Early on during Trump’s campaign, when the Trump phenomenon was still new and fresh, the media was already trying to tie Donald Trump to [mc_name name=’Sen. Ted Cruz (R-TX)’ chamber=’senate’ mcid=’C001098′ ], without much of a reason. I can still remember how, at the RedState Gathering, the media followed [mc_name name=’Sen. Ted Cruz (R-TX)’ chamber=’senate’ mcid=’C001098′ ] around after his speech basically demanding a comment about Trump’s Megyn Kelly remarks, even though [mc_name name=’Sen. Ted Cruz (R-TX)’ chamber=’senate’ mcid=’C001098′ ] said he wasn’t interested in discussing them repeatedly.
At the time, I defended [mc_name name=’Sen. Ted Cruz (R-TX)’ chamber=’senate’ mcid=’C001098′ ] from the implication that he ought to have to answer for everything Donald Trump said. Just because people assumed that Cruz and Trump were fighting over the same pool of voters is no reason for Cruz to have to answer for every insane thing that falls out of Donald Trump’s mouth. After all, the best evidence seemed to suggest that Trump was pulling his primary base of support from folks who had previously been Bush and/or Walker voters.
Now, however, Cruz has changed the equation. Cruz is not just hoping The Donald’s voters fall in his lap when and if Trump implodes, he is actively following Trump around and making a conscious effort to be seen in public with Trump wherever he possibly can. Trump and Cruz are no longer just guys who are having a friendly competition over the same pool of voters – they are legitimate political allies which makes questions about Trump fair game when put to Cruz now.
I hope Cruz reconsiders this strategy, because there is no evidence that it is working, or that it has any chance to work. Virtually alone among all the candidates in the field, Cruz has experienced almost no meaningful fluctuation in his base of support from day one of his campaign. Whereas Bush and Walker have gone from high teens to middle single digits, and Trump and Carson have gone up, and Rubio has gone up and then back down, Cruz has stayed pretty consistently within the 5-7% range, and in fourth or fifth place, apart from some minor blips that probably represent statistical noise.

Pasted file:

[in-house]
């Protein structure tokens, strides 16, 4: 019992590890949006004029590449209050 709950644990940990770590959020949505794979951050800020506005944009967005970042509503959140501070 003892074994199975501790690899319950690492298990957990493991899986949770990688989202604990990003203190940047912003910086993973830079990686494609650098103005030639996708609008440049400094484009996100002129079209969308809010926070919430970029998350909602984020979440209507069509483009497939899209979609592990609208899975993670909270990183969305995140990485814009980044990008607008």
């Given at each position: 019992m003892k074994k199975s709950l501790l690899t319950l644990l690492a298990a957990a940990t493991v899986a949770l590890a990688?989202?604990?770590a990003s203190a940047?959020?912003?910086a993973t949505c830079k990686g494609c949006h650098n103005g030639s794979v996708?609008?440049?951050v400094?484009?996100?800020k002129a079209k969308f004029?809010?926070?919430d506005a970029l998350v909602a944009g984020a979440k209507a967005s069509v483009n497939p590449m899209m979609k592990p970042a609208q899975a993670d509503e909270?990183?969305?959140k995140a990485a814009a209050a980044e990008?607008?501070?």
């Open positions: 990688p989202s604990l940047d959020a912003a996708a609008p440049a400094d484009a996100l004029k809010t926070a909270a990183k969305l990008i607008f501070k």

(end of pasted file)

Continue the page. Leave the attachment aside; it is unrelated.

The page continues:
What this means is that, alone among the candidates, Cruz has been largely unaffected in the polls by the rise of Trump – either positively or negatively. Most of the other candidates have been negatively affected, and Carson is likely being pulled upwards by Trump’s presence. Cruz, on the other hand, stays where he is. This, after a period of two months, is pretty convincing evidence that Cruz and Trump are not in fact fighting over the same pool of voters, however much it might seem like they should be. And there is further no evidence that Cruz can siphon away support from Trump by standing in the same light as him and appearing more reasonable.
And while Cruz’s continued association with Trump carries little obvious reward, it does present obvious risk. Perhaps more than any candidate in recent memory, Trump’s bombastic and deliberately insulting style towards his opponents (at least, those not named Hillary Clinton) makes him an extremely unlikely landing spot ultimately for supporters of other candidates, especially as the campaign goes on. As the frustration with Trump’s style builds outside of Trump’s base of supporters, Cruz risks alienating his own supporters and/or supporters of other candidates, the more often he is seen standing next to Trump.
Speaking only for myself, I know that every time I see Cruz on stage next to Trump, I become a little less likely to pull the lever for him. I don’t view the Trump boomlet as harmless fun or as a well-meaning rebellion against the status quo, but rather as the unthinking embrace of an irresponsible and feckless liberal by people who ought to know better.
If people are looking for a conservative who is willing to lead a rebellion, they should be looking to Cruz, or someone like him, and I have been saying so for months. It’s frustrating that they are instead looking to Trump, who is an obvious charlatan. It’s doubly frustrating that so many alleged thought leaders in our movement are aiding them in believing (incorrectly) that Trump will be anything resembling a conservative if he is elected. One gets the distinct impression that they are doing it for the sake of the ratings that Trump boosterism unquestionably drives.
Eventually, if and when Trump comes crashing back to earth, there will hopefully be a day of reckoning for his enablers and reckless boosters. Maybe he’ll finally say something too offensive for even Ann Coulter (I suppose hypothetically it is possible) and the rest of his supporters who have stood by him through irresponsible remark after irresponsible remark. And on that day, [mc_name name=’Sen. Ted Cruz (R-TX)’ chamber=’senate’ mcid=’C001098′ ] should ask himself whether he wants to be remembered for standing next to him for months even after it was known what kind of man Donald Trump is.